We stripped off five meters of outer jacket to enable the fiber to be lifted out of the enclosure with enough spare fiber to be easily connected to test equipment or a fusion splicer.

Holding and moving the fibers in the splicer

The fibers are held in vee-grooves cut into steel or ceramic blocks (Figure 10.3). As usual, cleanliness is all-important. The fiber is cleaned and cleaved then the vee-groove is cleaned by a lint free cloth, tissue or a 'cotton bud' moistened with isopropyl alcohol. Do not use compressed air cleaners as any contamination will turn it into a grit blaster and damage the critical dimensions of the veegroove. The fiber is gently pressed into the vee-groove by a magnetic or gravity clamp.

Once the fibers are safely clamped into their vee-grooves, they are moved, veegrooves and all, until the fibers are aligned with each other and positioned directly under the electrodes from which the electric arc will be produced. We are aiming to achieve positioning with an accuracy of better than 1 μm. In the least accurate splicers, suitable only for multimode fibers, this can be achieved by simple microgears operated manually. More precision is required for single mode fiber since the core is so much smaller. A 1 μm error in positioning an 8 μm core causes a lateral misalignment of 12.5% whereas the same error on the larger 62.5 μm core in a multimode fiber would represent a lateral misalignment of less than 2%. The extra precision is provided by using stepper motors. A stepper motor is an electric motor that behaves in a different manner to a 'normal' electric motor. We usually picture electric motors spinning round as power is applied. Stepper motors, instead, turn a set number of degrees and then lock in that position. The amount it turns can be precisely controlled by digital input signals and, in conjunction with a gear train, is able to provide extremely accurate alignment of the fibers.

Observing the alignment

All fusion splicers are fitted with some means to observe the fiber positioning and the condition of the electrodes. This is achieved by either a microscope or by a CCD camera (CCD = charge coupled device — a semiconductor light sensor) and a liquid crystal display (LCD ). The trend is towards CCD cameras since they are more pleasant to use and have the safety advantage of keeping our eyes separated from the infrared light which can, of course, cause irreparable damage to the eyes if we accidentally observe an active fiber through the microscope. The optic system always allows viewing from two angles as fibers can otherwise hide one behind the another and appear to be aligned. One way of achieving this is shown in Figure 10.4.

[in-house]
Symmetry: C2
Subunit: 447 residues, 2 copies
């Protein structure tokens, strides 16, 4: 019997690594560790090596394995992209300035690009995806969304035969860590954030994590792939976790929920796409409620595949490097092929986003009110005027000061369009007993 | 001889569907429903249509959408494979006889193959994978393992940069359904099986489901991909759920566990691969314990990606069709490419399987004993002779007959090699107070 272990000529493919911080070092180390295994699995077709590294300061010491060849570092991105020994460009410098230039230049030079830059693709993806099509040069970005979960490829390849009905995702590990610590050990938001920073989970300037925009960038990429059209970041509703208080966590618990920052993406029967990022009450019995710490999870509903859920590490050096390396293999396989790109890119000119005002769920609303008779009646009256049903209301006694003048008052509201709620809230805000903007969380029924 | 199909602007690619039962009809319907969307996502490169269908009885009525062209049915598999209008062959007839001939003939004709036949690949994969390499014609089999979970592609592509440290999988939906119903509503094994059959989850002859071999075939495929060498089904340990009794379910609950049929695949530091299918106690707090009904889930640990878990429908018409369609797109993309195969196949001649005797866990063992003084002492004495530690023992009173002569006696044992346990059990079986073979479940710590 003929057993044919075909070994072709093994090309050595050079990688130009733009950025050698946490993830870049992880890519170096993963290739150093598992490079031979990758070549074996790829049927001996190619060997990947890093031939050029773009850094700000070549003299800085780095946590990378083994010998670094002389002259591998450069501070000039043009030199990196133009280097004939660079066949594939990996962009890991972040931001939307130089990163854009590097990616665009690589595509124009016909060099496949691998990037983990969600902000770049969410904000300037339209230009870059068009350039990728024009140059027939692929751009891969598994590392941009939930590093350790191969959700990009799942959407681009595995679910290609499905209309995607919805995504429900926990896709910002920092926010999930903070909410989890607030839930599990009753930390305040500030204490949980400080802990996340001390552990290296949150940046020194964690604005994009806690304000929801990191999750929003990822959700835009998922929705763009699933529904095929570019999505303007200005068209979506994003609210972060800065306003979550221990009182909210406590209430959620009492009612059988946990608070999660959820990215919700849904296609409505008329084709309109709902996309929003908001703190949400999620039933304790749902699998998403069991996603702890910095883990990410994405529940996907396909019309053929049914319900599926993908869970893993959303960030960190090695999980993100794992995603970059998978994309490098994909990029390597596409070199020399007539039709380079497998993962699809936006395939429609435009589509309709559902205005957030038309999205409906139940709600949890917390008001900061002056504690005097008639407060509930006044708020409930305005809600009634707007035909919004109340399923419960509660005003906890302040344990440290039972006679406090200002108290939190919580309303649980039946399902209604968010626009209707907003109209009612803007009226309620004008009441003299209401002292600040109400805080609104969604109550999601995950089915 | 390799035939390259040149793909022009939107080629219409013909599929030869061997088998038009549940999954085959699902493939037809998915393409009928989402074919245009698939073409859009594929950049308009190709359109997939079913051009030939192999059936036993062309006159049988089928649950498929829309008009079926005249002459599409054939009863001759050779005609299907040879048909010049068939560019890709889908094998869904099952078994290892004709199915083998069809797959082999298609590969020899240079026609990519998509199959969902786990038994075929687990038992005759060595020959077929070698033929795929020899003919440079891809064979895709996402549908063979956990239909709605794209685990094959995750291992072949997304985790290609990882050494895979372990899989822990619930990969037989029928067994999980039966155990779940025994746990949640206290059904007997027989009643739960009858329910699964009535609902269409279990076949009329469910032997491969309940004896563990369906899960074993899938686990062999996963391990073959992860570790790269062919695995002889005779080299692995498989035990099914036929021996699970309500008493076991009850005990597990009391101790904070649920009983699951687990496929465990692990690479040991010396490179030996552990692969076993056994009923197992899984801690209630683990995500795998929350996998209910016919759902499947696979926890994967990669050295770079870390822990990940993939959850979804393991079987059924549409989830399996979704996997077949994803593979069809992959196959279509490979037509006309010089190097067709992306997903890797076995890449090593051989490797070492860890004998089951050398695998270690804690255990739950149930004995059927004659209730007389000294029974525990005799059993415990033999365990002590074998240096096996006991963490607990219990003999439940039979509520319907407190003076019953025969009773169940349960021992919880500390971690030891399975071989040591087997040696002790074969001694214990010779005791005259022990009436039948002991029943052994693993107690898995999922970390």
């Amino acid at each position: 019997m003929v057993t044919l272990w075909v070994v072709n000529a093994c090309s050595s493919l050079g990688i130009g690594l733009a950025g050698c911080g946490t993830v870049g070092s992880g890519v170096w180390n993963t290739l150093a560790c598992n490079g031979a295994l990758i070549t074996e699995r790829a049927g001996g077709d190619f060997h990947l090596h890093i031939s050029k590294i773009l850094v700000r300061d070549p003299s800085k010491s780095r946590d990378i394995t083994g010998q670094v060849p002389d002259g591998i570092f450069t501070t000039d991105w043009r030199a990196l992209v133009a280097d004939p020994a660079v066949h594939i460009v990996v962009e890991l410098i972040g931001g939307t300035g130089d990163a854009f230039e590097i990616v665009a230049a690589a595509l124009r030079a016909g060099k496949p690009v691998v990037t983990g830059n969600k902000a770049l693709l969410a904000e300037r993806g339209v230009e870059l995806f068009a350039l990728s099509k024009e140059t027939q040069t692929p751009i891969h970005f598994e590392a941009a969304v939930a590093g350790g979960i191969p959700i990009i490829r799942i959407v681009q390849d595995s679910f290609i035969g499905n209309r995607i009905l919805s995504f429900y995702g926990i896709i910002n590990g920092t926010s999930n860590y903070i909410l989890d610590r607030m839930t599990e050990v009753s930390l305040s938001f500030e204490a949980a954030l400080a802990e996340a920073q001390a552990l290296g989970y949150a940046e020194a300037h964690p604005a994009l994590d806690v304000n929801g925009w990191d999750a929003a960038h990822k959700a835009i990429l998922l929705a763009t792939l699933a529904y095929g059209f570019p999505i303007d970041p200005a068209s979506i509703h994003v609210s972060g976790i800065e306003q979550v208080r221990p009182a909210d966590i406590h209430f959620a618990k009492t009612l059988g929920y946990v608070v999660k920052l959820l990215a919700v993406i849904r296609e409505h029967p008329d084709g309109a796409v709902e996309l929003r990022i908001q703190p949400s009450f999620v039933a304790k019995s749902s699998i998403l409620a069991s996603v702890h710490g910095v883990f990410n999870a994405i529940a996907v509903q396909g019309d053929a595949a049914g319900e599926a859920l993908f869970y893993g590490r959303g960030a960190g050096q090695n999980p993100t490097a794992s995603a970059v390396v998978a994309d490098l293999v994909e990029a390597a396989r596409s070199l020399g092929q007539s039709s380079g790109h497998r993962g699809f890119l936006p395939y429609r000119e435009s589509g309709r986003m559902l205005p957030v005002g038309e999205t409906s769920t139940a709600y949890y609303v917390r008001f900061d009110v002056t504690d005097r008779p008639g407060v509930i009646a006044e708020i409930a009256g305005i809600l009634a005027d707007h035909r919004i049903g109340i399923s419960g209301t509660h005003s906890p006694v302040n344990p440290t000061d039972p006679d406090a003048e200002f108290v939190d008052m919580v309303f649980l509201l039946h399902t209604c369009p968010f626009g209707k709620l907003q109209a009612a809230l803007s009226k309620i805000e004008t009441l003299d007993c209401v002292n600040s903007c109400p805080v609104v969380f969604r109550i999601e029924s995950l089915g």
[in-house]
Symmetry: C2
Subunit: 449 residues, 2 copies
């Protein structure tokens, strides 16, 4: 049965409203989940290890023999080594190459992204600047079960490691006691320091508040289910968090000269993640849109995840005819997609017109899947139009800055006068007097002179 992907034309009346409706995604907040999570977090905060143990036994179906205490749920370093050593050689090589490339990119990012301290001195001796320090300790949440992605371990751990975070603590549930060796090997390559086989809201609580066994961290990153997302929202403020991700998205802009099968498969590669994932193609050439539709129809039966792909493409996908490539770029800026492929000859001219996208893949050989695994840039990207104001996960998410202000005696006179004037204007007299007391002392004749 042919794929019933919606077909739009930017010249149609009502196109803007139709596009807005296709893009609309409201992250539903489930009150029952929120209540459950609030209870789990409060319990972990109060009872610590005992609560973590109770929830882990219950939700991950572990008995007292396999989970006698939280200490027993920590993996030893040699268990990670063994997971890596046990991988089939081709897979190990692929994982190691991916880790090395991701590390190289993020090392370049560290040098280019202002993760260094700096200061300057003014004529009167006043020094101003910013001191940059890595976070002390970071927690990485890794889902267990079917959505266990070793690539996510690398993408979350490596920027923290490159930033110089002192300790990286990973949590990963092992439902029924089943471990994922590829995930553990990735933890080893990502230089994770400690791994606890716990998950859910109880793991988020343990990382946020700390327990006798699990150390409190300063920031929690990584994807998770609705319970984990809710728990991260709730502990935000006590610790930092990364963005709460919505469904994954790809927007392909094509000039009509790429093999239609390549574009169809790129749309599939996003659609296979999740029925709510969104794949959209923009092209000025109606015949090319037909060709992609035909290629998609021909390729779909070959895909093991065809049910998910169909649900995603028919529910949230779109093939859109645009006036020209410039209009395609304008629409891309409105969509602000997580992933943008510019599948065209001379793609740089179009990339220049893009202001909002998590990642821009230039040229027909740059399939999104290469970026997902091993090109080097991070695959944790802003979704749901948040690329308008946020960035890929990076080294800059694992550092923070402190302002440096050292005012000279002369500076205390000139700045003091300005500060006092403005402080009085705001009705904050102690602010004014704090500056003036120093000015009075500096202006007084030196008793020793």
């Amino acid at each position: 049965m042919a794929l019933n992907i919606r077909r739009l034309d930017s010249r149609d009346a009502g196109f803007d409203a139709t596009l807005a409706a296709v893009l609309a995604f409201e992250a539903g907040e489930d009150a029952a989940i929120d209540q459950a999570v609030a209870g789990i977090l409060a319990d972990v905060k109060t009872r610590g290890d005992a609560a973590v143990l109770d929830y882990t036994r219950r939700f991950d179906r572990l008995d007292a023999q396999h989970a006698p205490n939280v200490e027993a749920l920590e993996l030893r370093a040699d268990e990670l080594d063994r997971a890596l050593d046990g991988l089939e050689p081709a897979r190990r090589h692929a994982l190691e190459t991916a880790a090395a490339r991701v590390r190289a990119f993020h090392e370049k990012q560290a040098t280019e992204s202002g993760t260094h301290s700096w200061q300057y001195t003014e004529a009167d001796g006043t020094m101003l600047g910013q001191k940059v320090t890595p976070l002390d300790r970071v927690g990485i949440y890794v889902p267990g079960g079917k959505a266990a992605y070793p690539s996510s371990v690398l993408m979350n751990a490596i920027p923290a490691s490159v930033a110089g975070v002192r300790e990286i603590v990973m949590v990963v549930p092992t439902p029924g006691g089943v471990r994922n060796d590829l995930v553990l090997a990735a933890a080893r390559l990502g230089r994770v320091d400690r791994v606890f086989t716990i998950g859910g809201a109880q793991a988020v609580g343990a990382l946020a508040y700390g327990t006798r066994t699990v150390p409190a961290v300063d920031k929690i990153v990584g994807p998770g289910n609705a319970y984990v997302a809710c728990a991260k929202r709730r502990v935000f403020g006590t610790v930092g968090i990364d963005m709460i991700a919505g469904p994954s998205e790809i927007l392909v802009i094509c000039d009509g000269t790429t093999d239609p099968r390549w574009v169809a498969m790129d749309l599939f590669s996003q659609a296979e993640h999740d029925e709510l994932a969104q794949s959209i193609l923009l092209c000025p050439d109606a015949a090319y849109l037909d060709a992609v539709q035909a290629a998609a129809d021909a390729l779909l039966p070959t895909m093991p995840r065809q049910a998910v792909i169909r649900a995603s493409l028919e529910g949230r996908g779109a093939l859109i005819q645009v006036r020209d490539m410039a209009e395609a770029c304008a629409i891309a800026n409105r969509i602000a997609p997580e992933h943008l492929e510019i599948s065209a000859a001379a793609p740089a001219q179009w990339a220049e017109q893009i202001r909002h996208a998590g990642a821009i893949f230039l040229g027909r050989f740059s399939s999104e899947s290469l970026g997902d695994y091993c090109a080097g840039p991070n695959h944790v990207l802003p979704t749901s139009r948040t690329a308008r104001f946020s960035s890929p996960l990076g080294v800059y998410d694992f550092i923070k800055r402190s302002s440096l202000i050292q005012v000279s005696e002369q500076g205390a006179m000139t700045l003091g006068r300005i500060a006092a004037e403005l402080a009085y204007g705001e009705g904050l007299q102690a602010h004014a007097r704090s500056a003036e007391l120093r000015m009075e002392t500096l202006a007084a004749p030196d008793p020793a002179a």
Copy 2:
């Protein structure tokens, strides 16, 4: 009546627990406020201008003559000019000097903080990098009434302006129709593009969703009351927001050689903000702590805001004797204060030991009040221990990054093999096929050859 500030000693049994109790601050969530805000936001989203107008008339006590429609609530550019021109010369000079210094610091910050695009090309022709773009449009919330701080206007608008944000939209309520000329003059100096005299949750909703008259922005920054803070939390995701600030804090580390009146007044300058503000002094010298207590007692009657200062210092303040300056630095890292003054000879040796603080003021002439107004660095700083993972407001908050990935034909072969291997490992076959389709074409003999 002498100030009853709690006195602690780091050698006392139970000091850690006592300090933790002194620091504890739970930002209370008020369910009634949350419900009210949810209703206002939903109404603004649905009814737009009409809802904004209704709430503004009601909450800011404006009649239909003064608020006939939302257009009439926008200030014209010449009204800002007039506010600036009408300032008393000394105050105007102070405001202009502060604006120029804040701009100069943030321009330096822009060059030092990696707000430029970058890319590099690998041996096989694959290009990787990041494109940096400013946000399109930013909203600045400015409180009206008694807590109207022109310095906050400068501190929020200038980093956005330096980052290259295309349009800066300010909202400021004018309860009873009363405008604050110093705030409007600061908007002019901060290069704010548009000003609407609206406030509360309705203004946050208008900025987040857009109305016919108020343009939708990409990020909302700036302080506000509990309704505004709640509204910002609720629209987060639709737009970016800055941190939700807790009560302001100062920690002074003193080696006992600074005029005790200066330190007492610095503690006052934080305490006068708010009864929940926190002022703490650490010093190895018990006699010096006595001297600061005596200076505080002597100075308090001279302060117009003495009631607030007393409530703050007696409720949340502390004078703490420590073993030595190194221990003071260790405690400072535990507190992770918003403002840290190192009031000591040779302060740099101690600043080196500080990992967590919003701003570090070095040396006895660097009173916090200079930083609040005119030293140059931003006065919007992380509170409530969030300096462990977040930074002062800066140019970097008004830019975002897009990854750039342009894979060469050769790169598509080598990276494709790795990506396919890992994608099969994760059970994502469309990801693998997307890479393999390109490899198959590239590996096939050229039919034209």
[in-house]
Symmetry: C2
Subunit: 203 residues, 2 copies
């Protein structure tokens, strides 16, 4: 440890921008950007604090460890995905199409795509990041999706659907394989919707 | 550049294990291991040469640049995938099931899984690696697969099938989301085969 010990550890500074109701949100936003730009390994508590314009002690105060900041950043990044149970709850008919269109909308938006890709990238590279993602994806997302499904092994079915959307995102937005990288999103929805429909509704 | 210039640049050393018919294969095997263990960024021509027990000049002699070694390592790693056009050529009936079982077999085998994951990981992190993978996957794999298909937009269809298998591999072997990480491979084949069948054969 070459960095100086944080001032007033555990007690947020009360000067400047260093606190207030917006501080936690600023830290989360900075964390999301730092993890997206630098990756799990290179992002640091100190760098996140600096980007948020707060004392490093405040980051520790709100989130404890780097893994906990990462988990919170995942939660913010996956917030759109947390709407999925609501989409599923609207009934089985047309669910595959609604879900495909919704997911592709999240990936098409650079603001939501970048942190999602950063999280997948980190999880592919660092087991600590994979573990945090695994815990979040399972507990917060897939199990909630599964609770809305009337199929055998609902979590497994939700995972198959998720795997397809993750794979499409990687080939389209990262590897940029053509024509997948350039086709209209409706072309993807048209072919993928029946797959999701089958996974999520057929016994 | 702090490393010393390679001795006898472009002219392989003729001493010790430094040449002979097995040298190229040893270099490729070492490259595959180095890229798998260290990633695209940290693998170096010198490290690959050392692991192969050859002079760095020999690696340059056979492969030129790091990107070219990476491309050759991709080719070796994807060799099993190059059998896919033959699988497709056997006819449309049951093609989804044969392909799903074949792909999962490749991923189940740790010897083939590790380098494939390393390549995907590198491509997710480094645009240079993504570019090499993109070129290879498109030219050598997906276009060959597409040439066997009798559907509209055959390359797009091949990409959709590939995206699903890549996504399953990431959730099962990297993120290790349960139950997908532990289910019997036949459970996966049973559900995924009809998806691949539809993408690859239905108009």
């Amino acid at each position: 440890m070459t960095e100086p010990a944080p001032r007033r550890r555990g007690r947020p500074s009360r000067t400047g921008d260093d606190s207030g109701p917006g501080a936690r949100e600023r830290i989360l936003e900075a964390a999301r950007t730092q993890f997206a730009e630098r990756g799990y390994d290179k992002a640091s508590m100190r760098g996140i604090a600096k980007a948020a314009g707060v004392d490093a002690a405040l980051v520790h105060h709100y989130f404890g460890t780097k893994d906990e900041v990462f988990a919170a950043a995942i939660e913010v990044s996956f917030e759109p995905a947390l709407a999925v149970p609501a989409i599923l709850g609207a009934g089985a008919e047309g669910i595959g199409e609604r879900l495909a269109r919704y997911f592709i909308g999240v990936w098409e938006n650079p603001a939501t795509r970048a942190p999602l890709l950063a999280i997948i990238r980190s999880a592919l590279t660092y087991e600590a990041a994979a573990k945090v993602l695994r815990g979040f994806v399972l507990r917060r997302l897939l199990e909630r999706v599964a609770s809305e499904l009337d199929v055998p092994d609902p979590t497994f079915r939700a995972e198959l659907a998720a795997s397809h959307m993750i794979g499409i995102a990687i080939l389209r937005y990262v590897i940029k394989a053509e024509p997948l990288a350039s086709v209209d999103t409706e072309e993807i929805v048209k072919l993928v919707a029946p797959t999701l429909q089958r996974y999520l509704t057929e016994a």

Automatic positioning

There are two methods.

PAS — the profile alignment system — Figure 10.5
This is the standard method of aligning the fibers in modern fusion splicers. The idea is very simple. A light is shone through the fiber and is detected by a CCD camera. The change of light intensity at the edge of the cladding and at the core due to the changes in refractive indices allows the system to detect their positions. Several readings are taken from each fiber and averaged out to reduce any slight errors.
Once the positions are detected, small stepper motors are activated to bring thetwo fibers into alignment. The viewing angle is switched through 90° to allow

the system to check in both planes and further small adjustments are made until the splicer is quite satisfied. The whole operation is usually automatic but we can follow the process on the liquid crystal display. As the system is able to detect the core position as well as the cladding, any eccentricity error in the core can be compensated for.

LID — light injection and detection system — Figure 10.6
This system makes use of bend loss, the light leakage that occurs when moderately tight bends are introduced into a fiber. Remember that the light can go into the fiber at a bend as well as being able to escape from it.
A bend is introduced at the input side of the splicer and light is injected into the fiber through the primary buffer. The light travels down the fiber and jumps the gap into the other fiber. A similar bend in the other length of fiber allows light to escape.
A stepper motor is used to move one of the fibers horizontally and the output light is monitored to detect the point of maximum light transfer. This means that the cores are aligned, at least in one plane. The fiber is then moved in the vertical plane until, once again, the point of maximum light transfer is discovered. The whole process is repeated once or twice making finer and finer adjustments until it homes in on the point of best light transfer. Once this has been achieved, the fibers are spliced.